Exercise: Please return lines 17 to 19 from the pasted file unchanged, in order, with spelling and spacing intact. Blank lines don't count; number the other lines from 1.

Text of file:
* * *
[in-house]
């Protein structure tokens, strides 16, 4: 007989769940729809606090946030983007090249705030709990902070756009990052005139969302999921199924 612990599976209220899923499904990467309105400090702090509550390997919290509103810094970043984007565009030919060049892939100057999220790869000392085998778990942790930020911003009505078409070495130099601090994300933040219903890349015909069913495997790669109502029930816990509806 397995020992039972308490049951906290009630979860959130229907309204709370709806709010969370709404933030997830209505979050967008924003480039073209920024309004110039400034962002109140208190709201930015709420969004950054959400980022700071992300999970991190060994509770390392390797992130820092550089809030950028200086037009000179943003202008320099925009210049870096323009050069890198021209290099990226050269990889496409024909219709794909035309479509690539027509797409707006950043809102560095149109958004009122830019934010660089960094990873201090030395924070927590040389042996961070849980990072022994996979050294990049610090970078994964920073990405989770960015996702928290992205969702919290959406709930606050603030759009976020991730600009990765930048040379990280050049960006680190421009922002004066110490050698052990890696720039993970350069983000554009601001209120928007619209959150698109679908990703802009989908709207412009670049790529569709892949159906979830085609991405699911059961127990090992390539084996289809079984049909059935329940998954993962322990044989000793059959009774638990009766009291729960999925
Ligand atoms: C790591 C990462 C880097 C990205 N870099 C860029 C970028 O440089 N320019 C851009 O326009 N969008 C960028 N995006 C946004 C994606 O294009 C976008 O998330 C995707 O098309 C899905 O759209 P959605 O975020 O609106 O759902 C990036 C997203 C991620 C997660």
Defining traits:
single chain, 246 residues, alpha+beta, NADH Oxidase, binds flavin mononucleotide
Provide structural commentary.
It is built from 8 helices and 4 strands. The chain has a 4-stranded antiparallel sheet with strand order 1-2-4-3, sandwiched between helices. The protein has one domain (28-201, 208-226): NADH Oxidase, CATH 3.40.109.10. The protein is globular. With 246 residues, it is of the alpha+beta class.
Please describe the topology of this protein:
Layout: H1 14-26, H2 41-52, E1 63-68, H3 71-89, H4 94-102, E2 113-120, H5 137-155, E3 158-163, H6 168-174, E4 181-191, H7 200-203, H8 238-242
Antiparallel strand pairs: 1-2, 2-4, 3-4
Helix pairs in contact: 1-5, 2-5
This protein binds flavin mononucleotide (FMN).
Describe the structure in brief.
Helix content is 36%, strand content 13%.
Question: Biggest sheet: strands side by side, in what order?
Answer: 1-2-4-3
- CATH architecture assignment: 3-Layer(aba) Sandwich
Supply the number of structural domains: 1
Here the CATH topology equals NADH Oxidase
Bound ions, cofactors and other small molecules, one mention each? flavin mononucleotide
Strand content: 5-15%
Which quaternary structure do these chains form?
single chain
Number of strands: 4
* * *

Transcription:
- CATH architecture assignment: 3-Layer(aba) Sandwich
Supply the number of structural domains: 1
Here the CATH topology equals NADH Oxidase